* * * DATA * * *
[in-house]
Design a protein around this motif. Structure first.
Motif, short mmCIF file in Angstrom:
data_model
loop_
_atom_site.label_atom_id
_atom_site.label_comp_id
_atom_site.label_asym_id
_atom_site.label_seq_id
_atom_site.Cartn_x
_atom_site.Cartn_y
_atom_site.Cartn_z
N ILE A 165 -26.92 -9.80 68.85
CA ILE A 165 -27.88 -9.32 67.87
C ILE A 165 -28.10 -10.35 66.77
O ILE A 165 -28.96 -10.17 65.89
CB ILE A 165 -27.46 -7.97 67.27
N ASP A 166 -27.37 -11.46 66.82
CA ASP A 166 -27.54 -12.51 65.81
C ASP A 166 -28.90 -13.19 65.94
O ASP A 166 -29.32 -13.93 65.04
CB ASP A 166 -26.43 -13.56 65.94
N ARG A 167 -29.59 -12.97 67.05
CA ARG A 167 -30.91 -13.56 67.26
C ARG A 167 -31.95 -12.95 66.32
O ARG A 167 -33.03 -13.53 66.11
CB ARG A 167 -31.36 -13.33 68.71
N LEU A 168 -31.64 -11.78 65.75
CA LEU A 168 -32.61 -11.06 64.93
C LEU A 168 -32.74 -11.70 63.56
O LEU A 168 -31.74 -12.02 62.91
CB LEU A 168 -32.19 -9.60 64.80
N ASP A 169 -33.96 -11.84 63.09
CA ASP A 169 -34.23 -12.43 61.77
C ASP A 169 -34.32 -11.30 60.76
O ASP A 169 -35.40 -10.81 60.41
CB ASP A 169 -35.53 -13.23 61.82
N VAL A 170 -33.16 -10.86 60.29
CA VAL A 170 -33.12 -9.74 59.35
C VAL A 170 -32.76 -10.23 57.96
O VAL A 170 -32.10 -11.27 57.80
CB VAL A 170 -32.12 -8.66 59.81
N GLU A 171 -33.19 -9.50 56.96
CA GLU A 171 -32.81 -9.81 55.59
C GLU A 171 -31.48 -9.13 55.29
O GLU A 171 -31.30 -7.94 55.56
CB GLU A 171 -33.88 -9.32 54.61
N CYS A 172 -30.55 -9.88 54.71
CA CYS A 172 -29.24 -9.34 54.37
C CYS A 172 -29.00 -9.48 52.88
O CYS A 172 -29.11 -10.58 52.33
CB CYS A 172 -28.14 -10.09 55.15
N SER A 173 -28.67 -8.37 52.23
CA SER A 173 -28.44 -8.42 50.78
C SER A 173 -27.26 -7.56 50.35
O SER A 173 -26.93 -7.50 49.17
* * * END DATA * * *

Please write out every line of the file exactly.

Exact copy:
[in-house]
Design a protein around this motif. Structure first.
Motif, short mmCIF file in Angstrom:
data_model
loop_
_atom_site.label_atom_id
_atom_site.label_comp_id
_atom_site.label_asym_id
_atom_site.label_seq_id
_atom_site.Cartn_x
_atom_site.Cartn_y
_atom_site.Cartn_z
N ILE A 165 -26.92 -9.80 68.85
CA ILE A 165 -27.88 -9.32 67.87
C ILE A 165 -28.10 -10.35 66.77
O ILE A 165 -28.96 -10.17 65.89
CB ILE A 165 -27.46 -7.97 67.27
N ASP A 166 -27.37 -11.46 66.82
CA ASP A 166 -27.54 -12.51 65.81
C ASP A 166 -28.90 -13.19 65.94
O ASP A 166 -29.32 -13.93 65.04
CB ASP A 166 -26.43 -13.56 65.94
N ARG A 167 -29.59 -12.97 67.05
CA ARG A 167 -30.91 -13.56 67.26
C ARG A 167 -31.95 -12.95 66.32
O ARG A 167 -33.03 -13.53 66.11
CB ARG A 167 -31.36 -13.33 68.71
N LEU A 168 -31.64 -11.78 65.75
CA LEU A 168 -32.61 -11.06 64.93
C LEU A 168 -32.74 -11.70 63.56
O LEU A 168 -31.74 -12.02 62.91
CB LEU A 168 -32.19 -9.60 64.80
N ASP A 169 -33.96 -11.84 63.09
CA ASP A 169 -34.23 -12.43 61.77
C ASP A 169 -34.32 -11.30 60.76
O ASP A 169 -35.40 -10.81 60.41
CB ASP A 169 -35.53 -13.23 61.82
N VAL A 170 -33.16 -10.86 60.29
CA VAL A 170 -33.12 -9.74 59.35
C VAL A 170 -32.76 -10.23 57.96
O VAL A 170 -32.10 -11.27 57.80
CB VAL A 170 -32.12 -8.66 59.81
N GLU A 171 -33.19 -9.50 56.96
CA GLU A 171 -32.81 -9.81 55.59
C GLU A 171 -31.48 -9.13 55.29
O GLU A 171 -31.30 -7.94 55.56
CB GLU A 171 -33.88 -9.32 54.61
N CYS A 172 -30.55 -9.88 54.71
CA CYS A 172 -29.24 -9.34 54.37
C CYS A 172 -29.00 -9.48 52.88
O CYS A 172 -29.11 -10.58 52.33
CB CYS A 172 -28.14 -10.09 55.15
N SER A 173 -28.67 -8.37 52.23
CA SER A 173 -28.44 -8.42 50.78
C SER A 173 -27.26 -7.56 50.35
O SER A 173 -26.93 -7.50 49.17